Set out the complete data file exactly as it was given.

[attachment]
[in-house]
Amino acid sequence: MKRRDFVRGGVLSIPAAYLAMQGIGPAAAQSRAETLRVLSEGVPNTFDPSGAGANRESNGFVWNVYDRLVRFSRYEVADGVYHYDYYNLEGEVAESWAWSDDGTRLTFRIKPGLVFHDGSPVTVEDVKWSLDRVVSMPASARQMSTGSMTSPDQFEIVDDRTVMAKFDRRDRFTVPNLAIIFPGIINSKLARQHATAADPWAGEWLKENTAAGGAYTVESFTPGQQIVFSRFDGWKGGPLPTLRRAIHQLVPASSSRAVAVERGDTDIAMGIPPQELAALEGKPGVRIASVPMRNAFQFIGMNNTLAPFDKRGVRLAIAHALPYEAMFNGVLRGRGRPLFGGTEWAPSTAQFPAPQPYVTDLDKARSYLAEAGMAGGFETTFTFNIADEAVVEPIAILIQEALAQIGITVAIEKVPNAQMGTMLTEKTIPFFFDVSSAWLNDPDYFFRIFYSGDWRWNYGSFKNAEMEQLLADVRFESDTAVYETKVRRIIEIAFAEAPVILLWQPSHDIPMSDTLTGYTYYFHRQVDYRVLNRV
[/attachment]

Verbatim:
[in-house]
Amino acid sequence: MKRRDFVRGGVLSIPAAYLAMQGIGPAAAQSRAETLRVLSEGVPNTFDPSGAGANRESNGFVWNVYDRLVRFSRYEVADGVYHYDYYNLEGEVAESWAWSDDGTRLTFRIKPGLVFHDGSPVTVEDVKWSLDRVVSMPASARQMSTGSMTSPDQFEIVDDRTVMAKFDRRDRFTVPNLAIIFPGIINSKLARQHATAADPWAGEWLKENTAAGGAYTVESFTPGQQIVFSRFDGWKGGPLPTLRRAIHQLVPASSSRAVAVERGDTDIAMGIPPQELAALEGKPGVRIASVPMRNAFQFIGMNNTLAPFDKRGVRLAIAHALPYEAMFNGVLRGRGRPLFGGTEWAPSTAQFPAPQPYVTDLDKARSYLAEAGMAGGFETTFTFNIADEAVVEPIAILIQEALAQIGITVAIEKVPNAQMGTMLTEKTIPFFFDVSSAWLNDPDYFFRIFYSGDWRWNYGSFKNAEMEQLLADVRFESDTAVYETKVRRIIEIAFAEAPVILLWQPSHDIPMSDTLTGYTYYFHRQVDYRVLNRV